Brain Control

Dr. Tom Chau's lab is bringing mobility to those who opt to use their mind to control movements

Qin Dai

The concept of telekinesis has dominated popular culture in the last couple of decades. Notable comic book heroes and villains are often imbued with supernatural powers to move physical objects with their minds. Although their powers are entertaining to watch on the big screen, how they achieve such feats are often riddled with contrived explanations with little scientific backing. For example, is it even possible for someone to use their brain power to move a wheelchair across the room with ease? In Dr. Tom Chau’s lab, the question isn’t whether this is achievable, but rather how it can be achieved

Located at the Holland Bloorview Kids Rehabilitation Hospital, the Chau Lab’s main goal is to design, understand, and engineer rehabilitation tools that facilitate movement in patients. Some of the patients who come through the lab are unable to facilitate their movements independently. To address these patient-specific problems, a big part of Dr. Chau’s lab is to build Brain-Computer Interface (BCI) devices that respond to patient’s brain signals. In a way, Dr. Chau is building a set of devices that allows his patients to access the power of telekinesis.

George Hanna is a Biomedical and Electrical Engineering student who joined Dr. Chau’s lab a year and half ago. “My project focuses on translating subtle eye movement and attention into joystick control.” George said, “Imagine you’re in a wheelchair and you want to move forward, back, left, or right. You just have to pay attention to a 2-by-2 grid on your screen for two or three seconds and you will be able to ‘will’ the wheelchair in that direction.”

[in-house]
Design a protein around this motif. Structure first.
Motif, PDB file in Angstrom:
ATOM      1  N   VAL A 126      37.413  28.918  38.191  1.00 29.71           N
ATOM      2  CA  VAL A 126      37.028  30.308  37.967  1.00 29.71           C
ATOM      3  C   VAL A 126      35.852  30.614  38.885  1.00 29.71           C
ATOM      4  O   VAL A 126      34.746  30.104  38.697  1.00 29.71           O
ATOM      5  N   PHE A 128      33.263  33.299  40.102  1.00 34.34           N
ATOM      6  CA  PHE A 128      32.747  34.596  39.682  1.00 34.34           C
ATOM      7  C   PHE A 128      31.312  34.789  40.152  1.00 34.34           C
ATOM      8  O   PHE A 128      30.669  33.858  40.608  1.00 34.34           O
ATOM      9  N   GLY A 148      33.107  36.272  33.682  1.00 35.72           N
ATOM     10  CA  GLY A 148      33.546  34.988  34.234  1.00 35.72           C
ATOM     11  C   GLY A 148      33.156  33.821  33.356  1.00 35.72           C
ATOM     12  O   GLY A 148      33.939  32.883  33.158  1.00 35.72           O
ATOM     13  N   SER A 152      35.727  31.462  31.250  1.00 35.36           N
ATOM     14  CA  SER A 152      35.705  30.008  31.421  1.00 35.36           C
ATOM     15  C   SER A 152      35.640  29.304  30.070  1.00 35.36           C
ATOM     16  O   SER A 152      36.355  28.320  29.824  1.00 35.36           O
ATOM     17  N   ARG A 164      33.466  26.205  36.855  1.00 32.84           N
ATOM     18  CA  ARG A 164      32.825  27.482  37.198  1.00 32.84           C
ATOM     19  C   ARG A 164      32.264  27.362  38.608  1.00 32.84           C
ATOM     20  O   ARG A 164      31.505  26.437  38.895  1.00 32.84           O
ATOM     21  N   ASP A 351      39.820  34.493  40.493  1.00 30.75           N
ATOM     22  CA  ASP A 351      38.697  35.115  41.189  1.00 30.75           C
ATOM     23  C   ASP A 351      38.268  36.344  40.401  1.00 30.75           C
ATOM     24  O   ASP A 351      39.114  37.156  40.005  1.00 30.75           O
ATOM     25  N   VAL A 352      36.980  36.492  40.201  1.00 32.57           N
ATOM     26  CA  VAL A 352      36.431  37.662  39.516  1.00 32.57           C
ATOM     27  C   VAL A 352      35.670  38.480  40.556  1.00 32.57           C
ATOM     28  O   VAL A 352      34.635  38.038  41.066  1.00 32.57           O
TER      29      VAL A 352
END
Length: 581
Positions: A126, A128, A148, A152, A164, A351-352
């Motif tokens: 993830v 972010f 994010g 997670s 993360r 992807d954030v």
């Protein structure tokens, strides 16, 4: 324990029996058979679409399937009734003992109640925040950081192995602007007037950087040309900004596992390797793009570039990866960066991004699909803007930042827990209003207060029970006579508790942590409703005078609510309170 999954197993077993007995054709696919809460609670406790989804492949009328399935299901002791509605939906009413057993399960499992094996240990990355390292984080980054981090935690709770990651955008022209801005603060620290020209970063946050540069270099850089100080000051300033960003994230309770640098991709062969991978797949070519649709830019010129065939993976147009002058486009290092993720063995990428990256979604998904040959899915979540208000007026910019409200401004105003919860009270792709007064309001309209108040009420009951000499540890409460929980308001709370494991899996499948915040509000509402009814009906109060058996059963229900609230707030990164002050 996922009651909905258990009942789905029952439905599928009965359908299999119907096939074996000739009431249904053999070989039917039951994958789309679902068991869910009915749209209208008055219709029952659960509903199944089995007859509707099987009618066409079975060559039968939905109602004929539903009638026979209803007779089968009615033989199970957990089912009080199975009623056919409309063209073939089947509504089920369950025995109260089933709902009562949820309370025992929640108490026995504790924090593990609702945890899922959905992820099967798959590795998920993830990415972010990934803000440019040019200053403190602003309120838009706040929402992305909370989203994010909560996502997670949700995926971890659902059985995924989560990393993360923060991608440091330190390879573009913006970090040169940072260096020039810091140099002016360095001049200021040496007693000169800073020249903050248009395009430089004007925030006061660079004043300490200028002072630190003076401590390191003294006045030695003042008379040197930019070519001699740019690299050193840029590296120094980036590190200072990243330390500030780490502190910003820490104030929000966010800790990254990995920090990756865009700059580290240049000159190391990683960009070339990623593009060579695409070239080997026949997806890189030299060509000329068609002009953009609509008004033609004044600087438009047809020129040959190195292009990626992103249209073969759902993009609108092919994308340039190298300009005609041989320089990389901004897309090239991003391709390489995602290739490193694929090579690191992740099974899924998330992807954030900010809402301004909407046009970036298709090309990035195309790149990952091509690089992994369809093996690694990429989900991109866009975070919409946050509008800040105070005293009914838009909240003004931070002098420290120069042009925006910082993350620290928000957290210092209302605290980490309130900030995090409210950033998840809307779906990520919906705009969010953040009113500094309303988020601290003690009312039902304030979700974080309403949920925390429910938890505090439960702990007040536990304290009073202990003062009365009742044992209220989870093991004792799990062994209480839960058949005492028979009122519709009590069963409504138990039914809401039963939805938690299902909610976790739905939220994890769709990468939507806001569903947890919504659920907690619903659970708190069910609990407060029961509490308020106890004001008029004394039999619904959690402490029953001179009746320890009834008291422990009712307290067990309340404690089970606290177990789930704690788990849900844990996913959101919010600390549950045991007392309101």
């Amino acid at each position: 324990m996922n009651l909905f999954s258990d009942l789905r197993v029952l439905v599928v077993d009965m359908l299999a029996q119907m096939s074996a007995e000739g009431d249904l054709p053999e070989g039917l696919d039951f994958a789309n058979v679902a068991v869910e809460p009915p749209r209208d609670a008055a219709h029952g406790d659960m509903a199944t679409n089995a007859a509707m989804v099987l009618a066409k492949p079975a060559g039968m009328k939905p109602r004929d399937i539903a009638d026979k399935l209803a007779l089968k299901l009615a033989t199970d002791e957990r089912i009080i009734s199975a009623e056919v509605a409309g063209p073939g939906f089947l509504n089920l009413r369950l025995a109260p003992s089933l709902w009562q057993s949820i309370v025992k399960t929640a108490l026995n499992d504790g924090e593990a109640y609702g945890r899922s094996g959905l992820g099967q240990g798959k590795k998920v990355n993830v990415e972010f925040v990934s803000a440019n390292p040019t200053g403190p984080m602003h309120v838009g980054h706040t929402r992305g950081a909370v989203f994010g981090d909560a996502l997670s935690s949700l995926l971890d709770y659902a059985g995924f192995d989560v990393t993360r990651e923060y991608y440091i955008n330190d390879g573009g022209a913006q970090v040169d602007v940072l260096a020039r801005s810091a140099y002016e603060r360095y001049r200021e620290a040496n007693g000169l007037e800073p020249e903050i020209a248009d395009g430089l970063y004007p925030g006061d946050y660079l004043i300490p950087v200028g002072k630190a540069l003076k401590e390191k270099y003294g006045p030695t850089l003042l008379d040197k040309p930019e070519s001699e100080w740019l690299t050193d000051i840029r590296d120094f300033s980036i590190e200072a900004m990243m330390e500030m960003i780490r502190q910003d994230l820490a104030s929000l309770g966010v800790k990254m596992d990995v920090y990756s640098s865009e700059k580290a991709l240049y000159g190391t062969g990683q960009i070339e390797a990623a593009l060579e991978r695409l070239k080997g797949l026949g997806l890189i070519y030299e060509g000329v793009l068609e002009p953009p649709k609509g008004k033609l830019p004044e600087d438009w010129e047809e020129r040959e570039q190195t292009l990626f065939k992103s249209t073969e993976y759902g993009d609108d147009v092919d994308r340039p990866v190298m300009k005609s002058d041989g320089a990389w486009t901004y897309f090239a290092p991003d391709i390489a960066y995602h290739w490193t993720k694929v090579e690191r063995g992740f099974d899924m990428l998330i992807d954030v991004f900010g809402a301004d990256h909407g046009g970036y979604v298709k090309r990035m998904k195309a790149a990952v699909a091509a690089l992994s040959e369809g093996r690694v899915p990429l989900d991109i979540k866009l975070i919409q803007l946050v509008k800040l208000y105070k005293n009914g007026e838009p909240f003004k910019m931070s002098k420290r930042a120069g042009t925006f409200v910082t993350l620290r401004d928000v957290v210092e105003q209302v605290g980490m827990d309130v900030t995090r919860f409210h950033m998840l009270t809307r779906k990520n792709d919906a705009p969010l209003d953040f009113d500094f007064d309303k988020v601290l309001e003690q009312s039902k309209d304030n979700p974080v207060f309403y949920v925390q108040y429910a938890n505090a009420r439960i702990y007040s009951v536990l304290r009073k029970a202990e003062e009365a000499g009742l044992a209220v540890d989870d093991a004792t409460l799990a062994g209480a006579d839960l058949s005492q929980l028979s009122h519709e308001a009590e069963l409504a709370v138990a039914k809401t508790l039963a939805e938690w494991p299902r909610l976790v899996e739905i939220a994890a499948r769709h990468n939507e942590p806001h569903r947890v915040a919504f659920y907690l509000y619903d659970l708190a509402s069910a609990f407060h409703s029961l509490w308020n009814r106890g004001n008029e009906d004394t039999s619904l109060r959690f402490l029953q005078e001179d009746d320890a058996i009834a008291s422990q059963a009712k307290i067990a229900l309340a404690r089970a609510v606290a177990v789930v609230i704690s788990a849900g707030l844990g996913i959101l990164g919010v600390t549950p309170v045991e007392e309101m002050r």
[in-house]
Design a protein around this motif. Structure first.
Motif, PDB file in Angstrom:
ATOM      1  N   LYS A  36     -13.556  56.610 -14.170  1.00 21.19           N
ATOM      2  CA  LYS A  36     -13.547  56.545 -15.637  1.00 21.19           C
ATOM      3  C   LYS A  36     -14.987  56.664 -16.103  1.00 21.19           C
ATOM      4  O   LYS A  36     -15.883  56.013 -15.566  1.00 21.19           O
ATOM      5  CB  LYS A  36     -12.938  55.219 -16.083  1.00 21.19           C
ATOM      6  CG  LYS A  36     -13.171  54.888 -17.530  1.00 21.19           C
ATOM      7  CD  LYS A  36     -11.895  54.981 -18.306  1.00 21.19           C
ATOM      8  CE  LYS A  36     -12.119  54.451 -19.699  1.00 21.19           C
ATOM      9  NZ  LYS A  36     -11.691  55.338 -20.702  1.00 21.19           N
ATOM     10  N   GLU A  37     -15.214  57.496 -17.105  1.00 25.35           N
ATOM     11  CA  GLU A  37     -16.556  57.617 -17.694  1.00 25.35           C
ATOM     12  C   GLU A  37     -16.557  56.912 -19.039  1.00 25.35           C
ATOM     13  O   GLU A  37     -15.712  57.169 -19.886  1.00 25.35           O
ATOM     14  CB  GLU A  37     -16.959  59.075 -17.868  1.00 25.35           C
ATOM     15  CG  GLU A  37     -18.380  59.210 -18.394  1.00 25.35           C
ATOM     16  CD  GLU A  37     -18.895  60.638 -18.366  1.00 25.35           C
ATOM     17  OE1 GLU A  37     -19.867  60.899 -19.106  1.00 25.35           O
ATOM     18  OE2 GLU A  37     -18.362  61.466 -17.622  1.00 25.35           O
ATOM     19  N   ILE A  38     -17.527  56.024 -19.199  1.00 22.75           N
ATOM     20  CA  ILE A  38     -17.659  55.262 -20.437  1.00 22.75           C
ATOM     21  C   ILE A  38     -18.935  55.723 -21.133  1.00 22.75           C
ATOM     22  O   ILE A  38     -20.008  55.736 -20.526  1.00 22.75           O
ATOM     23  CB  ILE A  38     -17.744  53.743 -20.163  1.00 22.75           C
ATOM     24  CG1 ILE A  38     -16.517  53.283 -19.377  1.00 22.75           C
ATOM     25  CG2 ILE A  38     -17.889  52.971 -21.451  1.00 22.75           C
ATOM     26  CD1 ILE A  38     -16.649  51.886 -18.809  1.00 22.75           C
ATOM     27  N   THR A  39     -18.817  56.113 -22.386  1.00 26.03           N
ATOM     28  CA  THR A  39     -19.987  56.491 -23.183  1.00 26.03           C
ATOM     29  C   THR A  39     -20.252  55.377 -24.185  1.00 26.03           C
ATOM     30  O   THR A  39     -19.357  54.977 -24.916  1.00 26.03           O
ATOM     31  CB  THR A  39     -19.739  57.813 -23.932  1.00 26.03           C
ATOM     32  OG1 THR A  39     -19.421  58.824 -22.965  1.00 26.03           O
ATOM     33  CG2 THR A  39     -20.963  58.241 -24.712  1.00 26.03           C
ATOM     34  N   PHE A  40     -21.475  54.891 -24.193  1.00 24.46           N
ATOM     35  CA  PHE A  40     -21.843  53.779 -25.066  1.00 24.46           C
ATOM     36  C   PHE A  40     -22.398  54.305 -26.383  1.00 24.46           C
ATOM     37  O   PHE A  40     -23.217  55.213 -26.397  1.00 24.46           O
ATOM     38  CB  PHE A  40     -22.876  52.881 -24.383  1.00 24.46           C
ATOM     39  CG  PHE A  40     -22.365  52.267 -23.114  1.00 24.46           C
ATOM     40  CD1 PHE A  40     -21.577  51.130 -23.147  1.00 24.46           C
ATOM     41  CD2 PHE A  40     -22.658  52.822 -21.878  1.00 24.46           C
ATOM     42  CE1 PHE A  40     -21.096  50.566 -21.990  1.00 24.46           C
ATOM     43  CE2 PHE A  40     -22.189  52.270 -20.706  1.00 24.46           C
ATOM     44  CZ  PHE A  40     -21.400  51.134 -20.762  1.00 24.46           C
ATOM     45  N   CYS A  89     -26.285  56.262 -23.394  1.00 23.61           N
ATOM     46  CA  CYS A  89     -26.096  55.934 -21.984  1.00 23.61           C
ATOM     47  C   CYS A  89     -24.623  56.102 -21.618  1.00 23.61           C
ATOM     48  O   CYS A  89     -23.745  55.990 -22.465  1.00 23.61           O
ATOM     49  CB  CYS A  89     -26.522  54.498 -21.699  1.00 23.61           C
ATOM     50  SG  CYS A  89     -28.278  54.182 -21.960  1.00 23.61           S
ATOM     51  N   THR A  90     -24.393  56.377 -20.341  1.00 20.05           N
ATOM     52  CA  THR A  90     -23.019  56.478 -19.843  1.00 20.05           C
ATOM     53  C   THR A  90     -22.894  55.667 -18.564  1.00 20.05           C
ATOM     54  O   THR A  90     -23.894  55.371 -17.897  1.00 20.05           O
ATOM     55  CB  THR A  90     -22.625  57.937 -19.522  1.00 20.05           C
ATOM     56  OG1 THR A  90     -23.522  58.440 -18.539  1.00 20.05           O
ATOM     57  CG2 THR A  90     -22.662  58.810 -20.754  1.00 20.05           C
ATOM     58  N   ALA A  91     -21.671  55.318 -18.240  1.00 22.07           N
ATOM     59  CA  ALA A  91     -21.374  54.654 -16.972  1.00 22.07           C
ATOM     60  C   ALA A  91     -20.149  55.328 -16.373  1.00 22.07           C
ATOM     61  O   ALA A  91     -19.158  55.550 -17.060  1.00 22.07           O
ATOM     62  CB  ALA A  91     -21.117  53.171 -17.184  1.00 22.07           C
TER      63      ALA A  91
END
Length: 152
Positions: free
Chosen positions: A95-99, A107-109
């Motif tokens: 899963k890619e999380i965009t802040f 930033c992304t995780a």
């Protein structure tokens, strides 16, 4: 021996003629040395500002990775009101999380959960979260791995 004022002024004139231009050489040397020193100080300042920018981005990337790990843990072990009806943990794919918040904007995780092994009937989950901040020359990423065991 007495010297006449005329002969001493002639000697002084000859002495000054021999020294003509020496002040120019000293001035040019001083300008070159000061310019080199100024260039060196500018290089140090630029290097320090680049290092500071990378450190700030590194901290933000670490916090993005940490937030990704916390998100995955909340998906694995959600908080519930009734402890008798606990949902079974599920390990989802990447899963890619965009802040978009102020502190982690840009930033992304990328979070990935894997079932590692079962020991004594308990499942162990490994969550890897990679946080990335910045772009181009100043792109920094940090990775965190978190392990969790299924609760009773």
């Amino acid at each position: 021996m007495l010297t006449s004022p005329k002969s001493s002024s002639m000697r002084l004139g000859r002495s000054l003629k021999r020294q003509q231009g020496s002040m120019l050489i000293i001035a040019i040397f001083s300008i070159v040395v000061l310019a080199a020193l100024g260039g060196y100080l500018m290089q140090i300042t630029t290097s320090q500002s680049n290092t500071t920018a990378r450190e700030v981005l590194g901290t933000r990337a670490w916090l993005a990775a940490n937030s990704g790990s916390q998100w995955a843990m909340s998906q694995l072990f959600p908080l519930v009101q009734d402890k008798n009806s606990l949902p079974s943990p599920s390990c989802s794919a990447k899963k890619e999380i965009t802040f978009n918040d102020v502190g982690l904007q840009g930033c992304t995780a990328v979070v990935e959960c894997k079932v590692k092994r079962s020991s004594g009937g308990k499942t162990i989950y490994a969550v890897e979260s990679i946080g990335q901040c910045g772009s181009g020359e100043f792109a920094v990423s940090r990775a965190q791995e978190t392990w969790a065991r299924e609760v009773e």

To demonstrate this concept, George showed me a video where he controlled the movement of a modified BB-8 unit (StarWars Universe) by using an electrode-fitted helmet on his head. As he focused his attention on one quadrant of a grid of blinking LEDs, he was able to change the trajectory of the BB-8. George’s helmet measures signals from the occipital region of the brain on the back of the head. This region is responsible for translating visual inputs and recognizing outlines of objects. The essence of a BCI device is to translate various types of brain activity into an external control signal, which then engages the circuits on the hardware, resulting in movement. In this case, the helmet fitted with electrodes on George’s head acts as a “sender” component. It measures what George was visualizing on the occipital part of the brain (attention and eye position on the grid) and sends it to the receiving component on the BB-8 in order to make it move. Although this is a prototypical idea, George’s ultimate plan is to use the helmet to control the movement of a wheelchair.

A unique part of his project is the opportunity to consult with patient’s family while building the device. “You work directly with the patients who have various types of conditions, and we essentially have this model of involving the family in the research, so they have a say as to whether your thesis is useful to them or not.” said George, “It is kind of like a start-up product cycle, where you do something, you iterate on it, you get their [client] feedback, so you end up with a practical product as opposed to an abstraction.”

George Hanna is a IBBME MASc student in Dr. Tom Chau’s lab at the Holland Bloorview Kids Rehabilitation Hospital.